Power, discourse and South African resistance literature : a provisional exploration / by Johan Hendrik Geertsema
Geertsema, Johan Hendrik Johan Hendrik
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In this dissertation the possibilities of resistance through literary text is examined. This is done in an exploratory and provisional way on the one band because of the fast changing South African situation and on the other because of the wide variety of views on literature as resistance. Some theoretical positions with regard to the power of discourse are examined in order to arrive at some sort of provisional synthesis which could be used to read and explain texts in terms of resistance. In the first part of the dissertation there is an attempt to read various theories and theoretical implications in terms of resistance. The implications of positions such as that of ”deconstruction”, orthodox Marxism, Neo-Marxism and Foucauldian New Historicism is discussed. In the second part of the dissertation two recent South African novels (Amandla by Miriam Tlali and Third Generation by Sipho Sepamla) are discussed as exemplars of texts which present themselves as texts opposing and resisting the status quo. They are shown to make themselves guilty of what they attack by for instance, stereotypical portrayal of women and of characters seen to be in cahoots with the system of apartheid. The result of this is that the texts in question would theoretically perpetuate the status quo by replicating its ideological structure of exploitation and prejudice. The only way in which these texts can fulfil their stated task of conscientisation is by denying the contradictions built into their ideological structures. This imaginary resolution is attained by means of the trope of exile. The analyses of the texts in terms of the theoretical part of the dissertation would seem to lead one to a profound scepticism with regard to the possibilities of resistance through literary and other texts. Even though there do exist the possibilities of creating spaces alternative to that of the hegemonic culture, this hegemonic culture is found to be almost overwhelmingly strong. Areas for future research are pointed out in the Postscript. These include the very essential task of creating a culture which will ensure unity, prosperity and justice in South Africa. It is suggested that such a truly democratic culture could only with great difficulty evolve and that the first step towards such a culture would consist transcending the untenable oppositions of apartheid. This MA dissertation is then essential in such a process as it examines the possibilities as well as the assumptions underlying the relations between power and discourse. This it does with special reference to the South African situation as manifested in South African literature.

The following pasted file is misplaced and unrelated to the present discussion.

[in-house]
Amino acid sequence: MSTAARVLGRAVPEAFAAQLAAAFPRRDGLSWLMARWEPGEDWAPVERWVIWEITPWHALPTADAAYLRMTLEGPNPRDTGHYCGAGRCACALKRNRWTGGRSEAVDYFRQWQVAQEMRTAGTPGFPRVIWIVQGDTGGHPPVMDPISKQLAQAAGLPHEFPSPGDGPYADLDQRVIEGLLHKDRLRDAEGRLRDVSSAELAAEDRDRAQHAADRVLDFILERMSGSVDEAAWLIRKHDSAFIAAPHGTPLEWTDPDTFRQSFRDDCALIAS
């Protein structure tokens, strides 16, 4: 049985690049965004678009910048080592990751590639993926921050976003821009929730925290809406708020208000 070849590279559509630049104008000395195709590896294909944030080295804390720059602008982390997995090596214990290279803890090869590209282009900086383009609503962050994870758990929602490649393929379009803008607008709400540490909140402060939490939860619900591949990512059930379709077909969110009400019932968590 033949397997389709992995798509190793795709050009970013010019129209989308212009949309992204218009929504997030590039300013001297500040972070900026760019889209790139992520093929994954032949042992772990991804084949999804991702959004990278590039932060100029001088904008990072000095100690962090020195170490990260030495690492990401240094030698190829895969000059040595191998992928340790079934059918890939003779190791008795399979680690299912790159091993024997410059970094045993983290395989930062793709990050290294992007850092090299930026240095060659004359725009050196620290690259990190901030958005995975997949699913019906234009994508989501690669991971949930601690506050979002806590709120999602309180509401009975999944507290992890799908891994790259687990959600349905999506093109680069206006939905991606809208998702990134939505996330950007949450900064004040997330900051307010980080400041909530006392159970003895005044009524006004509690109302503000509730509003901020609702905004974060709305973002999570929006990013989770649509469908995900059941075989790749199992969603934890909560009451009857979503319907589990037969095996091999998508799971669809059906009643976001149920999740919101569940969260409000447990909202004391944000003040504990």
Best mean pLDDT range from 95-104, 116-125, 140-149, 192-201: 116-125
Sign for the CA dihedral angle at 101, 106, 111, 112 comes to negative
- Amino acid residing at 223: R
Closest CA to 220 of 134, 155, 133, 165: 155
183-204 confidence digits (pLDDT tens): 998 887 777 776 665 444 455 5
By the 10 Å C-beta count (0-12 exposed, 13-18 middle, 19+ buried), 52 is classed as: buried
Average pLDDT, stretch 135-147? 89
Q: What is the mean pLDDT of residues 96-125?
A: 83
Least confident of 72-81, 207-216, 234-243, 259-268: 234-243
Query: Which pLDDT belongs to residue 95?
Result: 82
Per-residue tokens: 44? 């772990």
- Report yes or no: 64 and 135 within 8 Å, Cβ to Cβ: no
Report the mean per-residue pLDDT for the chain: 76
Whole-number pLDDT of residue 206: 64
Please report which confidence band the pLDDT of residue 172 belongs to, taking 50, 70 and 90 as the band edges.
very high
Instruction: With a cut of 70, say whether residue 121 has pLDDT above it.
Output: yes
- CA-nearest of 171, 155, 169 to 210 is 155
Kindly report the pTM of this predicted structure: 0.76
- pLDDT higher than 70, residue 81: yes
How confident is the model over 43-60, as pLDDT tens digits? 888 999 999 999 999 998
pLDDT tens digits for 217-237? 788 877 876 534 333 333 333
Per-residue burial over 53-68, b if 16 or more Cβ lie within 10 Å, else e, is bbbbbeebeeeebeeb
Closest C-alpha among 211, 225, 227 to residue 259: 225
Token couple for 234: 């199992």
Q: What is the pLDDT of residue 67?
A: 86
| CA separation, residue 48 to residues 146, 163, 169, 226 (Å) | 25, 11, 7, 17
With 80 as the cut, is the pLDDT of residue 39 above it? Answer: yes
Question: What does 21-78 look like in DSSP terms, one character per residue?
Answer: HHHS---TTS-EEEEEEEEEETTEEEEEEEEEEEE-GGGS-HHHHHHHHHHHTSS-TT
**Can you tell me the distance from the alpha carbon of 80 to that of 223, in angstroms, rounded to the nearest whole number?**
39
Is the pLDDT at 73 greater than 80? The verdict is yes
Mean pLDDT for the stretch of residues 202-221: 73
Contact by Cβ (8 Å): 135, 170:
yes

- ETD@PUK